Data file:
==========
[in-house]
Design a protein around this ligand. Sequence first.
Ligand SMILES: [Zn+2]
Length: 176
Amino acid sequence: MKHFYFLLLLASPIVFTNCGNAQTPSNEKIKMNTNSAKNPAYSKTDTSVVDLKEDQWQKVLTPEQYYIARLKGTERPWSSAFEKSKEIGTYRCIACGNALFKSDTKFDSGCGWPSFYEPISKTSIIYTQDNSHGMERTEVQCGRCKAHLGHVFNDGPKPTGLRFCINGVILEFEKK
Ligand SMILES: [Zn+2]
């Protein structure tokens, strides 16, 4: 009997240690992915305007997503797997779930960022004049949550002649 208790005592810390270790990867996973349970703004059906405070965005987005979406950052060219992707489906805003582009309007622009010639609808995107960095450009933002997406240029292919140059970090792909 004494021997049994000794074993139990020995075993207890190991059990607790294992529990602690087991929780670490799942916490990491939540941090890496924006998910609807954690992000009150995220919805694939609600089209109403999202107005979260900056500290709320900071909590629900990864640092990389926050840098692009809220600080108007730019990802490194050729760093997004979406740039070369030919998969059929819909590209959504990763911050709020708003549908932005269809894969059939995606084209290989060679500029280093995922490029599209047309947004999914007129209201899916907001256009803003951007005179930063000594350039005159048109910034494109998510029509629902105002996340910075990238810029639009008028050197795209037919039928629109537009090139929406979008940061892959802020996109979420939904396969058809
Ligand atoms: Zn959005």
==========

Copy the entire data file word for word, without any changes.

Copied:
[in-house]
Design a protein around this ligand. Sequence first.
Ligand SMILES: [Zn+2]
Length: 176
Amino acid sequence: MKHFYFLLLLASPIVFTNCGNAQTPSNEKIKMNTNSAKNPAYSKTDTSVVDLKEDQWQKVLTPEQYYIARLKGTERPWSSAFEKSKEIGTYRCIACGNALFKSDTKFDSGCGWPSFYEPISKTSIIYTQDNSHGMERTEVQCGRCKAHLGHVFNDGPKPTGLRFCINGVILEFEKK
Ligand SMILES: [Zn+2]
């Protein structure tokens, strides 16, 4: 009997240690992915305007997503797997779930960022004049949550002649 208790005592810390270790990867996973349970703004059906405070965005987005979406950052060219992707489906805003582009309007622009010639609808995107960095450009933002997406240029292919140059970090792909 004494021997049994000794074993139990020995075993207890190991059990607790294992529990602690087991929780670490799942916490990491939540941090890496924006998910609807954690992000009150995220919805694939609600089209109403999202107005979260900056500290709320900071909590629900990864640092990389926050840098692009809220600080108007730019990802490194050729760093997004979406740039070369030919998969059929819909590209959504990763911050709020708003549908932005269809894969059939995606084209290989060679500029280093995922490029599209047309947004999914007129209201899916907001256009803003951007005179930063000594350039005159048109910034494109998510029509629902105002996340910075990238810029639009008028050197795209037919039928629109537009090139929406979008940061892959802020996109979420939904396969058809
Ligand atoms: Zn959005």